Recently, while waiting in the doctor’s office for a simple medication follow up appointment, I was left wondering two things. “Why can’t I simply do this over the phone ?” and “Why am I waiting if I am the only one in the office AND the first appointment of the day?”
Many people are beginning to ask the same sorts of questions in doctor’s offices and emergency rooms across the country…and answers are not always that easy to come by.
A recent article in the Wall Street Journal took a more in-depth look at the reasons why we wait and how doctors are attempting to make these wait times more bearable. You may have noticed that in many cities there are billboards with updated ER wait times. The hope is that before going into the hospital, patients already know what to anticipate.
Doctors are also trying to leave larger gaps in-between scheduled appointments to allow for overflow time. People who come to the doctor for one particular problem often have other questions about their health that they would also like answered. Many of us can understand that. Once we are in the office, we feel we should be able to address more than one concern. However, waiting as the result of someone else doing this often makes us irritable and impatient.
I remember going to an urgent care center, when my primary physician was all booked up, before a vacation so I could get medication for a cold that was lingering. Once I got into the office, a second quick question I had been wanting to ask the doctor entered my mind. As I began addressing it, I was cut off mid-sentence and told I was only allowed one question. Now, in hindsight, I can see why this makes sense since this was not my normal practitioner. But as a patient who was expected to pay a higher co-pay than my normal physician’s visit and get less for my money, this was frustrating.
Clearly there is a case for both sides. Doctors need to do their jobs which requires office appointments that run over the allotted time and patients want to have all their needs met but hate to wait. This is were telemedicine and cyber-office visits seem to highlight the solution to the problem and open up the doors to the future of medicine.
Now, there will always be specific concerns that can’t be addressed in this way. For example, someone in a horrific car accident and in need medical care right away. It would not be appropriate to take them to the nearest computer or phone for instant care, these patients still need hands on ER-type medical care. But how about the person sitting in their doctor’s office to discuss the effects of a medication or simply to tell the doctor they are feeling better? Imagine being able to have medication prescribed from your office or home computer for conditions that can be safely diagnosed this way or even reoccurring conditions that you know what type of care you need?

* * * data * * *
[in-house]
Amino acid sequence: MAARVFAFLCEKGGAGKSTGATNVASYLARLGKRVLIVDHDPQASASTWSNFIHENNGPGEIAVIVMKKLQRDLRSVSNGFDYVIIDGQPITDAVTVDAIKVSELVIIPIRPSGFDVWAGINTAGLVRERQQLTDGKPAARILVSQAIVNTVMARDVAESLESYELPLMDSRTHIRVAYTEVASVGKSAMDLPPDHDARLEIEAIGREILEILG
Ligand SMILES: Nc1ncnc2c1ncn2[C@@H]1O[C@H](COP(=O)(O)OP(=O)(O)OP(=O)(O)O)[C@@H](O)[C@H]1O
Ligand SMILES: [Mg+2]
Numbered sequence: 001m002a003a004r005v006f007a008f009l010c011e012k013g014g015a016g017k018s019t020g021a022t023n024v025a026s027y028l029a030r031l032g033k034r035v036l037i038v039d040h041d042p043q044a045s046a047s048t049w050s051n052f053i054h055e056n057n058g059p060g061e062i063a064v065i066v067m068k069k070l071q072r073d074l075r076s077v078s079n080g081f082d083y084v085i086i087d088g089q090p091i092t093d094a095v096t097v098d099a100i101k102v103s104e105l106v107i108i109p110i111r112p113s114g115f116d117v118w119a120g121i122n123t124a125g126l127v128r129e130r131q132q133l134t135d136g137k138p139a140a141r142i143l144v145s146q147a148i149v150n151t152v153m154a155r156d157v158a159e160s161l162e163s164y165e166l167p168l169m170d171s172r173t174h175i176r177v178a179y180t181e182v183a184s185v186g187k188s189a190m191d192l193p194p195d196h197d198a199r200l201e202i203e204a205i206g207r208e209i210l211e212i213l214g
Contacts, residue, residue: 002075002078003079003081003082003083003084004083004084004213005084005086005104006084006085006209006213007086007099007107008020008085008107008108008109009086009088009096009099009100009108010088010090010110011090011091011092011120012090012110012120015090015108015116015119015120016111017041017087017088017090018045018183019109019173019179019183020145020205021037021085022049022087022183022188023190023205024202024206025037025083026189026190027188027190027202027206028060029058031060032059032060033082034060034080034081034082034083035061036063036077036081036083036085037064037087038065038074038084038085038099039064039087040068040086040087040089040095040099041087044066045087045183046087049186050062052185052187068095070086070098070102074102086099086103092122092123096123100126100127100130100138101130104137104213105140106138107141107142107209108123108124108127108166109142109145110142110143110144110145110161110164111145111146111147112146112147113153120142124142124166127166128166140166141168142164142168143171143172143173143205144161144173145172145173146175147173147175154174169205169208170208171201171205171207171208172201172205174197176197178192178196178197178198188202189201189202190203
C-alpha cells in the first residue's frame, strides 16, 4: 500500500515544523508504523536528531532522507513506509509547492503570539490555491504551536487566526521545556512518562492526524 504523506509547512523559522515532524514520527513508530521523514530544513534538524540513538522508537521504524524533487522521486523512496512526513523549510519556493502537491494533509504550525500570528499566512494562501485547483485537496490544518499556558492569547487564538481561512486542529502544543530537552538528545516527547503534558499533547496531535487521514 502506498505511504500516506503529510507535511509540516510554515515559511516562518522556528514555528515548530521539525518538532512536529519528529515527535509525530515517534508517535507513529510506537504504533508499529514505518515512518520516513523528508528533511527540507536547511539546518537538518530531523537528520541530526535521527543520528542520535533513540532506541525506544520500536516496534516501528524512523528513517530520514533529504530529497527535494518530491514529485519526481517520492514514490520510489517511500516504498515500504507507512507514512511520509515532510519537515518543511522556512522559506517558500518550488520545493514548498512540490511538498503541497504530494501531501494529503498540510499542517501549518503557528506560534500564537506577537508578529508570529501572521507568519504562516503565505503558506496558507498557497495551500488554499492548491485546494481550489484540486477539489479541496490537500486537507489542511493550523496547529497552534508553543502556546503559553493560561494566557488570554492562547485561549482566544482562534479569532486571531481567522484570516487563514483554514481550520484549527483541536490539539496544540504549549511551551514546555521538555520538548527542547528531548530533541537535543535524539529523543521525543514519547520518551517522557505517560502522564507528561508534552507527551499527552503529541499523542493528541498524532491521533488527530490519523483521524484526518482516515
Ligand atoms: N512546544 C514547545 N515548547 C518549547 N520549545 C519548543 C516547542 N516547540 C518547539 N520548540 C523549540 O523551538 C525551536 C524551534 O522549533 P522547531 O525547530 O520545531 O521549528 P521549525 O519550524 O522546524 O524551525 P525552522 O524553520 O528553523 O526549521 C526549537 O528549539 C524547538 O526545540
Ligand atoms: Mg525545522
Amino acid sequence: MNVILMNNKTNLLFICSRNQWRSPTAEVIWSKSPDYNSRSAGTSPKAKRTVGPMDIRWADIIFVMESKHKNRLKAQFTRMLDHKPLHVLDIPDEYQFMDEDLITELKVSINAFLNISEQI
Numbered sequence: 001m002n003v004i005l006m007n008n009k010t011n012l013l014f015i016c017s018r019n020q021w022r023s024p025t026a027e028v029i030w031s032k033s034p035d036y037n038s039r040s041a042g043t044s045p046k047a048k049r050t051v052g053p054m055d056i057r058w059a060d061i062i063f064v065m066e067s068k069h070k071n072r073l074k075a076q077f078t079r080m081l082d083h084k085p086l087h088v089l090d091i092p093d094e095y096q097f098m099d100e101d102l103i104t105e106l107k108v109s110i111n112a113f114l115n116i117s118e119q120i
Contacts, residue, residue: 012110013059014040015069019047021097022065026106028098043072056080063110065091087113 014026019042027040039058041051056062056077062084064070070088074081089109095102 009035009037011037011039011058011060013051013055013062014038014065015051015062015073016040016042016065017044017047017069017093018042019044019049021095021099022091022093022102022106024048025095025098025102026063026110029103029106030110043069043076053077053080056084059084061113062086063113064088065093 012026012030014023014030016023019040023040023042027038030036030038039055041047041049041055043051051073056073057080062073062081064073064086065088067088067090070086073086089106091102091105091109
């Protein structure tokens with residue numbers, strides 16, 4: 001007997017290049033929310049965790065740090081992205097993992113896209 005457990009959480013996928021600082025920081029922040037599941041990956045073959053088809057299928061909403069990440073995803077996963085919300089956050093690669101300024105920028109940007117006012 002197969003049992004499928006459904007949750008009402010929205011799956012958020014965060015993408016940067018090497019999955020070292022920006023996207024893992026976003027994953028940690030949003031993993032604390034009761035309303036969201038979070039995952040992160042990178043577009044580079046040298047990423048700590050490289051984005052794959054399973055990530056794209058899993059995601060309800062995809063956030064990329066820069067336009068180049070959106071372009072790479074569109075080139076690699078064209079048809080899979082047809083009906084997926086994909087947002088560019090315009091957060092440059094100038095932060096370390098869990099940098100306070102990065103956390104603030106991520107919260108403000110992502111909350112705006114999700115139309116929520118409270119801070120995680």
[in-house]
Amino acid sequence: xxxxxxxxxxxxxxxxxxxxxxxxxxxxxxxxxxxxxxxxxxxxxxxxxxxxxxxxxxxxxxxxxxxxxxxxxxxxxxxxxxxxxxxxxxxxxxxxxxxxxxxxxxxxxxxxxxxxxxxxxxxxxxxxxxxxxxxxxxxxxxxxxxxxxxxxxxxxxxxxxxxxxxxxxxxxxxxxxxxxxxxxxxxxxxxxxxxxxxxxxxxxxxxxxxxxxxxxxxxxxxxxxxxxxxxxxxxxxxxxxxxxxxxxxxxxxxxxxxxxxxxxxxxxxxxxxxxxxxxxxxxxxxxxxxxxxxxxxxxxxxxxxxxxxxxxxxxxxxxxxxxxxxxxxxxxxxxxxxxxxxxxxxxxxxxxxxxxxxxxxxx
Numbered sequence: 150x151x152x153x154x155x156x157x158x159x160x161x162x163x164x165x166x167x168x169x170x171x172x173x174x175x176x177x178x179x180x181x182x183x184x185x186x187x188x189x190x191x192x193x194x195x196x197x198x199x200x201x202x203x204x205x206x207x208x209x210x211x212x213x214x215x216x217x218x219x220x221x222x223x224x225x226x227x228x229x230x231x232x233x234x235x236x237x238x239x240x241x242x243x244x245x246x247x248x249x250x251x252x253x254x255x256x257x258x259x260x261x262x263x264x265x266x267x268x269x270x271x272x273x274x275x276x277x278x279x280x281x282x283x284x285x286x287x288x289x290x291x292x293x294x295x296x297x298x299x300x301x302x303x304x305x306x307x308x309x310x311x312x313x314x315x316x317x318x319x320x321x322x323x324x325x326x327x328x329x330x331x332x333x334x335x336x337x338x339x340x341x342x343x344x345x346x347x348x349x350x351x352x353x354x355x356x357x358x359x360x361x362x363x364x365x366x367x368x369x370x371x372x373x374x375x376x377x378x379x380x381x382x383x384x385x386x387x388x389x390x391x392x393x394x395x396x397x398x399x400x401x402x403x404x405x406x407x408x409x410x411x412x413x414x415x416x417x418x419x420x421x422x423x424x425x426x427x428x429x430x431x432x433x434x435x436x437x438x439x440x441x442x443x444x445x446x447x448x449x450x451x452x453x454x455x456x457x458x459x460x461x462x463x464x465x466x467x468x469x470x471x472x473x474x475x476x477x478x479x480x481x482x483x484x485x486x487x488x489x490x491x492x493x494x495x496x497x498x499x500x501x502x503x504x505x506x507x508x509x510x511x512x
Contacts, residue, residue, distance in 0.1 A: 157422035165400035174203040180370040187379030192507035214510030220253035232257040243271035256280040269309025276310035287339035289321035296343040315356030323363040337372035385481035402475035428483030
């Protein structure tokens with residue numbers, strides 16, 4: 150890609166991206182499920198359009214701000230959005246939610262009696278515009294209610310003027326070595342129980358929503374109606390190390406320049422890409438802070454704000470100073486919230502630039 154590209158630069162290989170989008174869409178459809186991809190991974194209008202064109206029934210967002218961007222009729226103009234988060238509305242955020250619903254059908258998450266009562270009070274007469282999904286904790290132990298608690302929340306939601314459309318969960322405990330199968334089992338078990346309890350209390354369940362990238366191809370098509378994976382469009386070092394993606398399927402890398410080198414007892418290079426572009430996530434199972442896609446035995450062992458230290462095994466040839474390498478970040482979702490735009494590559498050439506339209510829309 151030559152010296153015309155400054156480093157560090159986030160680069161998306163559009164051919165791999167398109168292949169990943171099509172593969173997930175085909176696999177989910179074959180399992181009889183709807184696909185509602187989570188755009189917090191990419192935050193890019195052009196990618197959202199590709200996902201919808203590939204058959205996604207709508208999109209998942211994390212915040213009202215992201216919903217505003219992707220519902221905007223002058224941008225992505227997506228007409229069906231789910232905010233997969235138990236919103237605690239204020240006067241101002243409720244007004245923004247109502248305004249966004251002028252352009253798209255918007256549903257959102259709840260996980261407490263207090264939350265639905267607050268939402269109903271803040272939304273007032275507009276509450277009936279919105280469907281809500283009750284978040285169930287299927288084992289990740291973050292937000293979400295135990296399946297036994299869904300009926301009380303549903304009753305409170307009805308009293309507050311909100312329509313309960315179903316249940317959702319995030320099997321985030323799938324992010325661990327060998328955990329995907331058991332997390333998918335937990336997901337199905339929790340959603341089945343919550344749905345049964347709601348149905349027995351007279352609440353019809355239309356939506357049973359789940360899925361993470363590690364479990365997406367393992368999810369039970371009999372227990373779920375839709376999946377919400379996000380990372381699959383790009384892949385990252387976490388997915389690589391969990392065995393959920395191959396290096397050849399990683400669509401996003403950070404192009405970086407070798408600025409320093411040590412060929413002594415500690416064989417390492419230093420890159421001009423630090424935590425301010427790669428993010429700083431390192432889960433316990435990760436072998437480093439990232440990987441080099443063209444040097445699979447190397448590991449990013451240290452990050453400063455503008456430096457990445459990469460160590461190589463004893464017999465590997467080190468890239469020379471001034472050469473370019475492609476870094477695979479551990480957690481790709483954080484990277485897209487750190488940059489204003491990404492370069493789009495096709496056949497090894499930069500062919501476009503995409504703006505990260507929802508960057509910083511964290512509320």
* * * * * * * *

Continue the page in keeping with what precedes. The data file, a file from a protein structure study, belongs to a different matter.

It makes sense that many of these less-urgent follow ups and even certain medical concerns can be addressed outside of the office, freeing up time for more urgent cases and allowing these patients access to healthcare that fits into their schedule.
So why aren’t more doctors and hospitals doing this?
There are several reasons including fear of the unknown, new technology etc.. as well as lack of affordable and well-regulated online health care. However, as the next few years pass, more and more will surely see the benefits for all parties involved when patients can easily access doctors online. Wait times for emergency rooms decrease, patient satisfaction increases and access to healthcare is made available to even those who cannot leave their homes.
Of course there will always be those who think, “if it’s not broken, why fix it?” but when it comes to wait times I believe more would agree, many patients are losing patience with the current state of healthcare.
If you are interested in learning more about online health care and it’s efficiency, check out this report published in the Mayo Clinic Proceedings.